Springvale gets green tick but 300 jobs still in doubt

A PROPOSAL to expand Centennial Coal’s Springvale mine’s underground coal mining area allowing it to operate for another 13 years has been referred to News South Wales independent Planning Assessment Commission for a final decision.
Springvale gets green tick but 300 jobs still in doubt Springvale gets green tick but 300 jobs still in doubt Springvale gets green tick but 300 jobs still in doubt Springvale gets green tick but 300 jobs still in doubt Springvale gets green tick but 300 jobs still in doubt

 

Lou Caruana

But the fate of 300 workers at the mine who will be stood down from August 21 is still unknown because the extension project still needs federal government approval.

Last week Centennial Coal executive general manager external affairs Katie Brassil said the company has no option other than to stand down the majority of the Springvale workforce because of the delays in approval.

“Springvale mine requires both state and federal approvals to allow it to continue operating,” she said.

The application has been put under the microscope through a number of extensive reviews, involving analysis by independent experts and community consultation, a NSW Department of Planning and Environment spokesperson said.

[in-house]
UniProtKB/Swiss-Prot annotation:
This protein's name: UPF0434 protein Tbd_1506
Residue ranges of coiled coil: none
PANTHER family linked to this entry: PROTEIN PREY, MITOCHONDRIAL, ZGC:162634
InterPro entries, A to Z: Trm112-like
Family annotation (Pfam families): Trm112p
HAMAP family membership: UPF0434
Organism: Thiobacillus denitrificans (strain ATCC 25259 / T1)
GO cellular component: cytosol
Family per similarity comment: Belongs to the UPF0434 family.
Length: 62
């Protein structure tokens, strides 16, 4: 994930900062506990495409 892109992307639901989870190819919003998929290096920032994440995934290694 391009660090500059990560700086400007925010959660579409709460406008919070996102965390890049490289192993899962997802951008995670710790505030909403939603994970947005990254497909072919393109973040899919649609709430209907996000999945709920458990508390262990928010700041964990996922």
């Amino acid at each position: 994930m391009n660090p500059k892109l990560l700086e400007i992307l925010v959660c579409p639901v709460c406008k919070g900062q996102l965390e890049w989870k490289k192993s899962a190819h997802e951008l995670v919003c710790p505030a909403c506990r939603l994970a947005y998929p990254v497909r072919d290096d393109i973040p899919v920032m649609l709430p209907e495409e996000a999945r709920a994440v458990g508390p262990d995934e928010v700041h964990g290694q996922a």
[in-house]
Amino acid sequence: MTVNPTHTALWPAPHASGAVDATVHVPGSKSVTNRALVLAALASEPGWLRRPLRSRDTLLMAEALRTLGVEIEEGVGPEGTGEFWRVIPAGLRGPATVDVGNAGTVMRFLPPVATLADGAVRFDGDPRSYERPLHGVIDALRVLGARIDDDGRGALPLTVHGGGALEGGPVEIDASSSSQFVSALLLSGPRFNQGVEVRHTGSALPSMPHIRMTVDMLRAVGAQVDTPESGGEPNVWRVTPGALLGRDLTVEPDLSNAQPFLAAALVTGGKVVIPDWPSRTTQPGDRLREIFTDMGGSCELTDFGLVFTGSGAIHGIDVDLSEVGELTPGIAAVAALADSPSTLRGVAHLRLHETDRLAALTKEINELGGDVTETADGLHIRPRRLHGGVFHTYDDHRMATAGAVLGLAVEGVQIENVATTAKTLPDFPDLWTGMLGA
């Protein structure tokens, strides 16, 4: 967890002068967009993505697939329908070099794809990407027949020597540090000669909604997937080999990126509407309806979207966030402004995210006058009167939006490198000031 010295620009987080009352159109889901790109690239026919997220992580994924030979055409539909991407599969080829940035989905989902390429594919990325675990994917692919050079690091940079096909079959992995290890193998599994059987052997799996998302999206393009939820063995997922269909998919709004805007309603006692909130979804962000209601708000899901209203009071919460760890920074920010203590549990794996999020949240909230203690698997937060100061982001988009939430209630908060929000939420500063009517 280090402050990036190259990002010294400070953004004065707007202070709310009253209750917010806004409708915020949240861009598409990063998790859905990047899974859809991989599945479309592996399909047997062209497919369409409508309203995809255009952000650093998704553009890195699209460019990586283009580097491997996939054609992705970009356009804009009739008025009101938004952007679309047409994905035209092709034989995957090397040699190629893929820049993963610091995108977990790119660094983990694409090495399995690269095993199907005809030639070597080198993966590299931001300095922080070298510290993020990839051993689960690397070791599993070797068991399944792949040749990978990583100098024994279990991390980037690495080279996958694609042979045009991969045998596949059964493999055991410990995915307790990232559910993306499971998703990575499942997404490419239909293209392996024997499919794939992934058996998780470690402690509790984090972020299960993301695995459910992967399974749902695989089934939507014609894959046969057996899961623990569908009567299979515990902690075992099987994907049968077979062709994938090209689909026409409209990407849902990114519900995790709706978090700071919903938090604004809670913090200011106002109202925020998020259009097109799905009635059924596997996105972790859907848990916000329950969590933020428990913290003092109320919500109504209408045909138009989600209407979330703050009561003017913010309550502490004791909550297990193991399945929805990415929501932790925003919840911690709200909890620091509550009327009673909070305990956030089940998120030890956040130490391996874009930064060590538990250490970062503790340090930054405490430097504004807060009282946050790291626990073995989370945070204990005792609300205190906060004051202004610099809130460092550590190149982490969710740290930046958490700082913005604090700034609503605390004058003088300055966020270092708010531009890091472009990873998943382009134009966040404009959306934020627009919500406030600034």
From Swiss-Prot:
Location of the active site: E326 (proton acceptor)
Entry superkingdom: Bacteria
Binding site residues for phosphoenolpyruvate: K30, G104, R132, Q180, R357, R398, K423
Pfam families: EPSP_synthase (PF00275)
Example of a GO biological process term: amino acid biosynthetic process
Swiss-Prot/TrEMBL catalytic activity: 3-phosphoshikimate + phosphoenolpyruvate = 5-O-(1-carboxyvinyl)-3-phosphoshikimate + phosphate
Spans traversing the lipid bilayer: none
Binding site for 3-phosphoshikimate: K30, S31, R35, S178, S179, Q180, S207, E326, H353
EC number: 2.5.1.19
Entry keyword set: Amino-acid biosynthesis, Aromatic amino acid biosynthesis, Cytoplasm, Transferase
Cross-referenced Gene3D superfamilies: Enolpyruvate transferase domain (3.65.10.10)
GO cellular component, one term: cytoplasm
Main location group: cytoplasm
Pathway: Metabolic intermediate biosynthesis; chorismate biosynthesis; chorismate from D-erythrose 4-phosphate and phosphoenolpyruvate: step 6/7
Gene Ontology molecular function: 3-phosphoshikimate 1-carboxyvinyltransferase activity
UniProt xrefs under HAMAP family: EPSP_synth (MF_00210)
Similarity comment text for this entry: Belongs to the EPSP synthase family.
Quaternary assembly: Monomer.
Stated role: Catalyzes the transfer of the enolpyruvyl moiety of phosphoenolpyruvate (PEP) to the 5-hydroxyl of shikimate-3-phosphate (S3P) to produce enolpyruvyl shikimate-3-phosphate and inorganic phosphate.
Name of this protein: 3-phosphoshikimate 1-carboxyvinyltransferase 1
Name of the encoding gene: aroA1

The Department has recommended the mine’s expansion be approved with a number of strict conditions to manage potential impacts, including strict limits on the salinity of mine-water discharges, developed by the Environment Protection Authority; strict requirements on offsetting subsidence impacts to upland swamps, including a Swamp Offset Bond and a swamp monitoring program; and an action and monitoring plan for the Upper Coxs River.

The proposal was previously subject to a review by the Commission. The Department’s recommended conditions are based on the findings of that review.

Springvale mine is the only local coal source for the Mt Piper Power Station, which provides 15% of NSW’s electricity.

The spokesperson said the expansion would secure 310 full-time jobs and an additional 60 jobs during construction as well as 1,200 indirect jobs across NSW.

“In addition, $200 million in royalties, taxes and other income will be provided back to the State to be spent on services such as hospitals, school and roads.”

The Commission will make the final determination on the project, taking into account the Department’s final assessment and community feedback.

If the proposal is approved by the Commission, it will be subject to regular inspection and review by the Department’s Compliance Officers who will ensure the mine is adhering to its conditions.

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